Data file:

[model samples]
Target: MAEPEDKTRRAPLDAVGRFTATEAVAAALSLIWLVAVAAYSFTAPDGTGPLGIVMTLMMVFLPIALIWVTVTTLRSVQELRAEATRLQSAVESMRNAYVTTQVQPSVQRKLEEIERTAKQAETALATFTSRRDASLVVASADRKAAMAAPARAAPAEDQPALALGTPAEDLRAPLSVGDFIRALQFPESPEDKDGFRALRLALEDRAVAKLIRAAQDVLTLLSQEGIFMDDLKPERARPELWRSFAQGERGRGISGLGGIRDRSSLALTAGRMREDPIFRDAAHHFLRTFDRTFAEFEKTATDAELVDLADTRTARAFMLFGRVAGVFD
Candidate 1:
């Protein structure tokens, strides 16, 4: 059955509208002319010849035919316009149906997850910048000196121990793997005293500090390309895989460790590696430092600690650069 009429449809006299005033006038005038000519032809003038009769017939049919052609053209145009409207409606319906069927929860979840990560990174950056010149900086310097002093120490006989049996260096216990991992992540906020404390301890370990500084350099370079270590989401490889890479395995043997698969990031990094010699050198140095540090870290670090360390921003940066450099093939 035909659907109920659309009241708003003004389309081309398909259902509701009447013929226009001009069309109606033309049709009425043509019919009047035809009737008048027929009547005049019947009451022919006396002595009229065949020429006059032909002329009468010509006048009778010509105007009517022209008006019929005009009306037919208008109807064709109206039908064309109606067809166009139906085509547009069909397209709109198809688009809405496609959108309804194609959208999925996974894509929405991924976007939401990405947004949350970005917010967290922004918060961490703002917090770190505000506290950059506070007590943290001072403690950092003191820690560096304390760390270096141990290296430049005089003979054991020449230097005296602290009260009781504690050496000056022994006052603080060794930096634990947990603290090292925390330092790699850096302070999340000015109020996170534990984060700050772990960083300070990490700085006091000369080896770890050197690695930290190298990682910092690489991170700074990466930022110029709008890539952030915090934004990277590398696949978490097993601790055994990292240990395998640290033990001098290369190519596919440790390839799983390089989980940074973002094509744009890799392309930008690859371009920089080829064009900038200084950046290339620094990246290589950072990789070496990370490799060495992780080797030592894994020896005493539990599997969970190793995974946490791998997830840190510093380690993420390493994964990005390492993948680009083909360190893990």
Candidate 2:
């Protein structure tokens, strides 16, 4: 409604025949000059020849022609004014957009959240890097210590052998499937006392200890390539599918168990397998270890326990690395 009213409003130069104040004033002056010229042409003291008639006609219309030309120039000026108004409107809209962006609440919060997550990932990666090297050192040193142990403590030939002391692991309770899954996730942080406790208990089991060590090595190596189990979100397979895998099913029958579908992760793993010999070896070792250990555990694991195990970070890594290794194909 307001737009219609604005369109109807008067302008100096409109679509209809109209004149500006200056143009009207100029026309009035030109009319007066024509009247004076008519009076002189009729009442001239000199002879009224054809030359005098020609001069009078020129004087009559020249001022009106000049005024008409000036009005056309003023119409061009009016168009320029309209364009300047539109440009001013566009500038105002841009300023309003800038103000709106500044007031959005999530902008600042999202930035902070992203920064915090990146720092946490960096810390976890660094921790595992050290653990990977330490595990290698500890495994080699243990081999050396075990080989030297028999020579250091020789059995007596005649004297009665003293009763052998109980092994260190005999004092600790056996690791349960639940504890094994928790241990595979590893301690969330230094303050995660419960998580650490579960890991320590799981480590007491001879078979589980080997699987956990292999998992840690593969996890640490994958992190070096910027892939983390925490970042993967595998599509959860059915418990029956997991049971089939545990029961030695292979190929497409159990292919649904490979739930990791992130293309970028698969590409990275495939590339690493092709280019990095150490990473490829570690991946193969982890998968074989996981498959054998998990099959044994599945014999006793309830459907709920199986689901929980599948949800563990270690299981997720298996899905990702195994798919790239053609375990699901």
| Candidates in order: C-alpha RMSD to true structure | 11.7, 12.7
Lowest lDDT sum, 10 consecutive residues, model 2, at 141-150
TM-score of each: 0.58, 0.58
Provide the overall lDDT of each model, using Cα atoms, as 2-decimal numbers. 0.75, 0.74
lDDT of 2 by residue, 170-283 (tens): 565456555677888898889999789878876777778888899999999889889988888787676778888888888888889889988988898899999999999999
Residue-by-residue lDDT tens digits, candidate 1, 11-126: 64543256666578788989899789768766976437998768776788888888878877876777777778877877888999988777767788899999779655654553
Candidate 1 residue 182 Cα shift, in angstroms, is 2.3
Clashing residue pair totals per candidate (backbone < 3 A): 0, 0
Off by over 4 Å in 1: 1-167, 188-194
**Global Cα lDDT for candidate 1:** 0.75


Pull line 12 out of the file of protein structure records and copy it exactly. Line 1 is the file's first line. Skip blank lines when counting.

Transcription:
Residue-by-residue lDDT tens digits, candidate 1, 11-126: 64543256666578788989899789768766976437998768776788888888878877876777777778877877888999988777767788899999779655654553